Wild vampire bat. (Credit: Sherri and Brock Fenton/Behavioral Ecology)

“In the wild, vampire bats – which are highly social animals – keep their distance when they’re sick or living with sick groupmates. And it can be expected that they reduce the spread of disease as a result.”

COLUMBUS, Ohio — There’s still a mystery surrounding the origin of the coronavirus pandemic. Much of the focus has centered around bats and the Chinese region of Wuhan. While previous studies have revealed bats have certain immunities to the viruses they carry, it turns out they also know about social distancing too. Researchers at The Ohio State University say sick bats instinctively keep their distance from each other when they’re ill.

Social distancing during the COVID-19 pandemic, when we feel fine, doesn’t feel particularly normal. But when we’re sick, it’s common to withdraw a bit and stay in bed longer because we’re exhausted. And that means we’re likely to have fewer social encounters,” says co-lead author Simon Ripperger in a university release.

“That’s the same thing we were observing in this study: In the wild, vampire bats – which are highly social animals – keep their distance when they’re sick or living with sick groupmates. And it can be expected that they reduce the spread of disease as a result.”

Researchers captured 31 female common vampire bats living in a hollow tree in Belize. They injected 16 of them with a substance to make them feel sick. The formula didn’t actually give the bats any diseases however, and the remaining 15 received a saline placebo.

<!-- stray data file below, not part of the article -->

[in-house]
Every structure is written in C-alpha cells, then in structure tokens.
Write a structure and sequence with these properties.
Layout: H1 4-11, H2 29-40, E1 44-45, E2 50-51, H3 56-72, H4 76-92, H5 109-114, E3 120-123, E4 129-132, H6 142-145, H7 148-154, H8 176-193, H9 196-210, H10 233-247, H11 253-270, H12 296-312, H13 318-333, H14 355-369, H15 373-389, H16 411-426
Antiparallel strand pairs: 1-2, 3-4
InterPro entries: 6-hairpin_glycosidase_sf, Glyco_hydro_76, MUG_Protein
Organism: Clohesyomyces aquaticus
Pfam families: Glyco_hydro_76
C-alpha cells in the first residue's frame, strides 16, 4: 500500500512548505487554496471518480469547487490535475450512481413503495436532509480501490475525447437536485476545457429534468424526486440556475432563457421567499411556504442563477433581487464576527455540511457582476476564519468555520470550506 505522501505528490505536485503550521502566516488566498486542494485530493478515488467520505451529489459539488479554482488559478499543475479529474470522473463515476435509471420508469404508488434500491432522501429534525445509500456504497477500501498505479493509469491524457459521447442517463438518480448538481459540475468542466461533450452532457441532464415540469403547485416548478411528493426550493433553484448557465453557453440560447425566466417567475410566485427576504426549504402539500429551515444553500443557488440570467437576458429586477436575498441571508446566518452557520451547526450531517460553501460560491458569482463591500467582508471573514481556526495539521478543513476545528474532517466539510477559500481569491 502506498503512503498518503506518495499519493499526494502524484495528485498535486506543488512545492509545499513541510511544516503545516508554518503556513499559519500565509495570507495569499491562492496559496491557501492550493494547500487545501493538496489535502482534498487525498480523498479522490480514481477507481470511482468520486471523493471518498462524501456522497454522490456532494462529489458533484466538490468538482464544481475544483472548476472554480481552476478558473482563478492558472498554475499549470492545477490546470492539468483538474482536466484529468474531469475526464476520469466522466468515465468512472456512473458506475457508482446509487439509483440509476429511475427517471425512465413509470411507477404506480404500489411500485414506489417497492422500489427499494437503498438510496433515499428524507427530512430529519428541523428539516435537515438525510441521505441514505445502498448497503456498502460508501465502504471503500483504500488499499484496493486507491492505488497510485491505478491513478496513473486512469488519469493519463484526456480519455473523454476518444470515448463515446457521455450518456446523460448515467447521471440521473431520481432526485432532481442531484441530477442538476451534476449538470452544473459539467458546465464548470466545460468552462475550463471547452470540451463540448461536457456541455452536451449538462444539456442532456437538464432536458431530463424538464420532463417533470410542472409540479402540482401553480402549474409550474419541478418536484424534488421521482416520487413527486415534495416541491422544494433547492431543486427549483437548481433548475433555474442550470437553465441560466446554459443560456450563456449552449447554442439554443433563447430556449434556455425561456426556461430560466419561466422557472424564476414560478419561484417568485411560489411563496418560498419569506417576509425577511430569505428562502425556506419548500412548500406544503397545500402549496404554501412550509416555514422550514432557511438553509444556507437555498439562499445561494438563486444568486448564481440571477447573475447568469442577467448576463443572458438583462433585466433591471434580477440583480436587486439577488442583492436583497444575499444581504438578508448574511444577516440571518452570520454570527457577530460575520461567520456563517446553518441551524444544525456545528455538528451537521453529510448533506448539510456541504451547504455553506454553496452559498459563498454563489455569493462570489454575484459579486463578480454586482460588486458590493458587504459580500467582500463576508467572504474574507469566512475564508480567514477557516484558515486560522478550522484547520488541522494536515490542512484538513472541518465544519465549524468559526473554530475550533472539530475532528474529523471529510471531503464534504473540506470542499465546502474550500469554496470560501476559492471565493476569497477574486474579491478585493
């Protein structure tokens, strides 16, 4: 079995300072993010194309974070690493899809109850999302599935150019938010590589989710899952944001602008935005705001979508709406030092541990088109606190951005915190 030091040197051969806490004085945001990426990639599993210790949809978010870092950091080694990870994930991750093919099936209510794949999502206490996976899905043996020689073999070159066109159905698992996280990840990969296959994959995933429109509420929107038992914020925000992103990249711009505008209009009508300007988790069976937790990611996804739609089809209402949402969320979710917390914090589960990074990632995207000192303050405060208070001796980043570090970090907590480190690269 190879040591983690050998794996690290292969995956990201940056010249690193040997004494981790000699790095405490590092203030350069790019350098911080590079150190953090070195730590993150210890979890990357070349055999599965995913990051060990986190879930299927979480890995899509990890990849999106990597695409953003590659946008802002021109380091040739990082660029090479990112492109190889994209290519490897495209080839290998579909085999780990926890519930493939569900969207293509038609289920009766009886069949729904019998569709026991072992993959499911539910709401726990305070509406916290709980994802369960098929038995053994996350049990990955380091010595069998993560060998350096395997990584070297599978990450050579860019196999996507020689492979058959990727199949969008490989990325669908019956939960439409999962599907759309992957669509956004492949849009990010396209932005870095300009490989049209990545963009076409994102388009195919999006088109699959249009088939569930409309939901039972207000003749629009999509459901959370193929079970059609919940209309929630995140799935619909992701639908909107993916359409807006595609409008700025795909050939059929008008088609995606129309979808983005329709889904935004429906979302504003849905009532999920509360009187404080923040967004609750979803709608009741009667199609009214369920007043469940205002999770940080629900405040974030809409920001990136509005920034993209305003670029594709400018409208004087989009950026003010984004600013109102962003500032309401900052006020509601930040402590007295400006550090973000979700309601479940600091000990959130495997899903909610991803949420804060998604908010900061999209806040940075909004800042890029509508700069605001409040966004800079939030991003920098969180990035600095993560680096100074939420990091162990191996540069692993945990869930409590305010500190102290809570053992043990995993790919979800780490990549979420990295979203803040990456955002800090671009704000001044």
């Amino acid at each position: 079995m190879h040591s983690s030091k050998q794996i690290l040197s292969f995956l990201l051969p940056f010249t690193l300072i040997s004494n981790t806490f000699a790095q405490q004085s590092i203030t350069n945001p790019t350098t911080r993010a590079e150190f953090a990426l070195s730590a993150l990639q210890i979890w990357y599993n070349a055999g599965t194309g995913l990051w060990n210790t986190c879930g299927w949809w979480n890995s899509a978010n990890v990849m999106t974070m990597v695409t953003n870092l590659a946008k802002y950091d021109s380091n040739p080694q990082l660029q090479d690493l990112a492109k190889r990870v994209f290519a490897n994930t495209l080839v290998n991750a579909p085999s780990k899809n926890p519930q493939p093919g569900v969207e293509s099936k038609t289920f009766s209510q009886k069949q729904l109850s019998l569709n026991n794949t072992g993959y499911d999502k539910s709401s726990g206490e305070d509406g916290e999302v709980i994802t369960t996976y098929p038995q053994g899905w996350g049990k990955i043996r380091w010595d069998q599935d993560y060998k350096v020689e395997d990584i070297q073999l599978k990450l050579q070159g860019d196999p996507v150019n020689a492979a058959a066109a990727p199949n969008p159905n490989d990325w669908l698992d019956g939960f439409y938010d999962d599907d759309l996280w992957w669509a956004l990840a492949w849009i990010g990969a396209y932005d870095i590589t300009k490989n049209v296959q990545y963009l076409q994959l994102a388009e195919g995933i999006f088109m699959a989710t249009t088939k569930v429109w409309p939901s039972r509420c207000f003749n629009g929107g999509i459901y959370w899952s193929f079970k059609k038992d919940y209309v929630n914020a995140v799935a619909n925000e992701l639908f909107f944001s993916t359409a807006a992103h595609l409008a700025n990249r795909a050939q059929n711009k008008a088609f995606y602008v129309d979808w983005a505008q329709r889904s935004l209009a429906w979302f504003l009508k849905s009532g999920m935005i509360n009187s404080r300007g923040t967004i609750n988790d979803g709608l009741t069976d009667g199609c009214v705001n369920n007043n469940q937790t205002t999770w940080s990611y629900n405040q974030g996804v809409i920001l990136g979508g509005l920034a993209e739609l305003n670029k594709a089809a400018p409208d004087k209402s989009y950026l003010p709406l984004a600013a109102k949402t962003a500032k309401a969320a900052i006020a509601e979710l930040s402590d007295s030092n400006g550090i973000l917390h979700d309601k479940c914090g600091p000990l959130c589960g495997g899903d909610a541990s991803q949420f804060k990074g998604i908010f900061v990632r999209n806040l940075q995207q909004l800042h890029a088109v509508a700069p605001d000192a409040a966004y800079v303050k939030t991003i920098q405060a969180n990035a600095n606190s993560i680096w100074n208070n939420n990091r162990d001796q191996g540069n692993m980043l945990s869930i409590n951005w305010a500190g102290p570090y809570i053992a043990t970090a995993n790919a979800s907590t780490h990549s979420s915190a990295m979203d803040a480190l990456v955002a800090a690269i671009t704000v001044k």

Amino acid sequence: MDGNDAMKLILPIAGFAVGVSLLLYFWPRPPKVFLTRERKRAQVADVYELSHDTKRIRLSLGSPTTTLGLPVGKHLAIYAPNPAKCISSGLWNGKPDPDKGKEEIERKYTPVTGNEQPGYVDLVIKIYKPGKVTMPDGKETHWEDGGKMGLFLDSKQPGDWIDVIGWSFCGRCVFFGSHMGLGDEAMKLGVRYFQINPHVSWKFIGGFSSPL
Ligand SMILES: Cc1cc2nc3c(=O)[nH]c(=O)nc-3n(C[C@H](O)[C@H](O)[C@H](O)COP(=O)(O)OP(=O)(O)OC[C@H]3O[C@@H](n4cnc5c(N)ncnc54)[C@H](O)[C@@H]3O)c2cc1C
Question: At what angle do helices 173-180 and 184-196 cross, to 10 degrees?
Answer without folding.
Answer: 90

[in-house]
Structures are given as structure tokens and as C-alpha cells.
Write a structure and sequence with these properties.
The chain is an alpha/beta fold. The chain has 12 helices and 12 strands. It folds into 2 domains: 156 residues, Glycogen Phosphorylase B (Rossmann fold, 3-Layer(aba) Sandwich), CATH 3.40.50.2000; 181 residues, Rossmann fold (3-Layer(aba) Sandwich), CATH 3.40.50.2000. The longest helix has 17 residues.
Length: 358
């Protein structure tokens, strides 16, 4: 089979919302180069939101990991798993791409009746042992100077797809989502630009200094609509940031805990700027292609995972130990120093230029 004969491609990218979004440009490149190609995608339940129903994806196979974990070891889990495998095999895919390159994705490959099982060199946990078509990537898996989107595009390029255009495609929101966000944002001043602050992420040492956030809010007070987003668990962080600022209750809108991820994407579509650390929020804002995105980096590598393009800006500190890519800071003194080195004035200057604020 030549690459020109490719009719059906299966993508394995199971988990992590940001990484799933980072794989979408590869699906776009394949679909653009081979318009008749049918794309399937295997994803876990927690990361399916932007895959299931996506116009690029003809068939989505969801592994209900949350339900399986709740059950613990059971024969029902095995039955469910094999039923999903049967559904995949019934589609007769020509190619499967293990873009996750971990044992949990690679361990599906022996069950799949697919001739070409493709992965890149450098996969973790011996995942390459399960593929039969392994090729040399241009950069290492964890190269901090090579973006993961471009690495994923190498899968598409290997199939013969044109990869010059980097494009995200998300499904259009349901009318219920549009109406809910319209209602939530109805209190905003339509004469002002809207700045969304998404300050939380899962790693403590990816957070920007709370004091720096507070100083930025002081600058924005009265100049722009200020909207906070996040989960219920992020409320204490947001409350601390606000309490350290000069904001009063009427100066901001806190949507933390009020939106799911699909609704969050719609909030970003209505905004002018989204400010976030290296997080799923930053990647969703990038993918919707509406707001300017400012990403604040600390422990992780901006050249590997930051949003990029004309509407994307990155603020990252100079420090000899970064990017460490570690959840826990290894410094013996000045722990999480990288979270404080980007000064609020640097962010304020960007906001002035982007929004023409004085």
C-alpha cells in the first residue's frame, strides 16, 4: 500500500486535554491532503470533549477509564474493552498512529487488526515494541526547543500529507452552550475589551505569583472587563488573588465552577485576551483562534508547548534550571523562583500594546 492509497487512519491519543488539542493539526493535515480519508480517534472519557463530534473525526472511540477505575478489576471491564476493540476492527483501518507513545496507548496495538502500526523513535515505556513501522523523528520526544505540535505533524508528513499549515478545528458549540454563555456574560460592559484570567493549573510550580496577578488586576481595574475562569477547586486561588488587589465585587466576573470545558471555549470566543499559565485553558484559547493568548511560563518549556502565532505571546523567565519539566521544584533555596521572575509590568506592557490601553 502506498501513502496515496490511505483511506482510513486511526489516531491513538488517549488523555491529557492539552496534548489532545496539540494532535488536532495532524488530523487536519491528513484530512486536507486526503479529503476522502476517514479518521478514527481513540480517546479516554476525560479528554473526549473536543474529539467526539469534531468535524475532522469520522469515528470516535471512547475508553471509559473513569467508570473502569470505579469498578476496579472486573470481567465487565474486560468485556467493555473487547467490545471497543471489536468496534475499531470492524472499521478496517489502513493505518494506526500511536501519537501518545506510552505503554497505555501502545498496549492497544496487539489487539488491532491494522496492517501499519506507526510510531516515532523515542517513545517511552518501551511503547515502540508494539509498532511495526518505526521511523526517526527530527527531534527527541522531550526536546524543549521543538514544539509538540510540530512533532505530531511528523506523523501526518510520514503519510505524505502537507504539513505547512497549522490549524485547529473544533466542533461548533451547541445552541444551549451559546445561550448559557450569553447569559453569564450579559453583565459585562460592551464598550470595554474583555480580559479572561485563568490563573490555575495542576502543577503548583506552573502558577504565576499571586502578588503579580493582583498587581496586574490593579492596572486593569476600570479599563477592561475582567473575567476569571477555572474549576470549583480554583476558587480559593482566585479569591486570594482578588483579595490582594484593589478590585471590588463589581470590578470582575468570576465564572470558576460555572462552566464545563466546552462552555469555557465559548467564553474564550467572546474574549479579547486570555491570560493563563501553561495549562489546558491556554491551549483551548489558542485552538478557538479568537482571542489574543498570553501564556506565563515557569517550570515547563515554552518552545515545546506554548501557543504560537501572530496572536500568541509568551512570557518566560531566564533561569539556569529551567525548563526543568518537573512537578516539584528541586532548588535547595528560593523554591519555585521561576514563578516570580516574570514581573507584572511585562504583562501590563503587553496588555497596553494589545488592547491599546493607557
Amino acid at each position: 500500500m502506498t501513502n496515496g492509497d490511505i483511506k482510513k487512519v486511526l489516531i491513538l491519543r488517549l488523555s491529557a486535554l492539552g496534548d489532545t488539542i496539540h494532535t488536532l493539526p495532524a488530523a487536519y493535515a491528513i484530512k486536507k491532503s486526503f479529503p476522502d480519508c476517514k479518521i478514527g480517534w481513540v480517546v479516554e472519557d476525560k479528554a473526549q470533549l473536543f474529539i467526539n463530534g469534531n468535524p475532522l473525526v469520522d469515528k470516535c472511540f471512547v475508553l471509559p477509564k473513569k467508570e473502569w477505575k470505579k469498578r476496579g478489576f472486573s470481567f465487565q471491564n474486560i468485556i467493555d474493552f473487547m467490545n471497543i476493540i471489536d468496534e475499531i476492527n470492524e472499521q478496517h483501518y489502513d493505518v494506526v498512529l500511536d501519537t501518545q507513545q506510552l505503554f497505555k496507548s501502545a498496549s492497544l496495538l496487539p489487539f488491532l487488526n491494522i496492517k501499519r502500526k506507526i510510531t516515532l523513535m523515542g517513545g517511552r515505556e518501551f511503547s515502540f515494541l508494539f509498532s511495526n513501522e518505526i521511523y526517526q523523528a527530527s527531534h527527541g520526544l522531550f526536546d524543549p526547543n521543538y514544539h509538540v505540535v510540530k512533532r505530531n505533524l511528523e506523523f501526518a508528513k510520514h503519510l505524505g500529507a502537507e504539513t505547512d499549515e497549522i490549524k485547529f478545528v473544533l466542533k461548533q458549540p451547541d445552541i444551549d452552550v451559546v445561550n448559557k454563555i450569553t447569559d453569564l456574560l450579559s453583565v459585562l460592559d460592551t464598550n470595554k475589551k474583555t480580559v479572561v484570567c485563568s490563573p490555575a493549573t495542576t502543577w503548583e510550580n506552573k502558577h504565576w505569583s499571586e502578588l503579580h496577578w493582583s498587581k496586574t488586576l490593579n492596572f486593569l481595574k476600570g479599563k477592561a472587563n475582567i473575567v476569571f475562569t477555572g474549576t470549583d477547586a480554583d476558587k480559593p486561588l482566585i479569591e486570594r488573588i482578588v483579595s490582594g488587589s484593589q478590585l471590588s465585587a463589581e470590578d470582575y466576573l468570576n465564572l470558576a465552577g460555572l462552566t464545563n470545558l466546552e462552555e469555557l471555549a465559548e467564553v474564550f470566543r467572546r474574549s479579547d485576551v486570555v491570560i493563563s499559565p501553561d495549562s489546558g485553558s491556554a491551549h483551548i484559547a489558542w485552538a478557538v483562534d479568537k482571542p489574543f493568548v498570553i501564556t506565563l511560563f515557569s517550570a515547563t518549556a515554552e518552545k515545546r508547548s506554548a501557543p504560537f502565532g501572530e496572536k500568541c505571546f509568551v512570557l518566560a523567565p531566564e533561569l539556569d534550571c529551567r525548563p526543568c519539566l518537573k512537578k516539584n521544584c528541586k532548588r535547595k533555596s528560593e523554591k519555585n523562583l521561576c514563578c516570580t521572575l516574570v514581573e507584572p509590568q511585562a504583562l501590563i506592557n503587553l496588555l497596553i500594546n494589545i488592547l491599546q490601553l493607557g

After returning the animals to their natural environment, with a custom-made “backpack” computer attached to their backs to monitor movement, scientists tracked how sick bats interacted with healthy neighbors and vice versa.

“We focused on three measures of the sick bats’ behaviors: how many other bats they encountered, how much total time they spent with others, and how well-connected they were to the whole social network,” explains Gerald Carter, an assistant professor of evolution, ecology, and organismal biology at Ohio State.

‘Sick bats groom also groom others less, make fewer contact calls’

On average, study authors find sick bats associated with four fewer groupmates than their healthy peers. They spent about 25 fewer minutes interacting with each partner and the time two bats spent together was shortest if the meeting involved a sick bat.

“One reason that the sick vampire bats encountered fewer groupmates is simply because they were lethargic and moved around less,” Carter says. “In captivity, we saw that sick bats also groom others less and make fewer contact calls. These simple changes in behavior can create social distance even without any cooperation or avoidance by healthy bats.”

Researchers suggest this behavior is likely common among other animals as well. They caution that certain behaviors will likely change based on the virus they’re exposed to. Carter adds some diseases may actually cause more interaction between infected patients.

“The proximity sensors gave us an amazing new window into how the social behavior of these bats changed from hour to hour and even minute to minute during the course of the day and night, even while they are hidden in the darkness of a hollow tree,” Ripperger explains.

The study appears in the journal Behavioral Ecology.

About Chris Melore

Chris Melore has been a writer, researcher, editor, and producer in the New York-area since 2006. He won a local Emmy award for his work in sports television in 2011.

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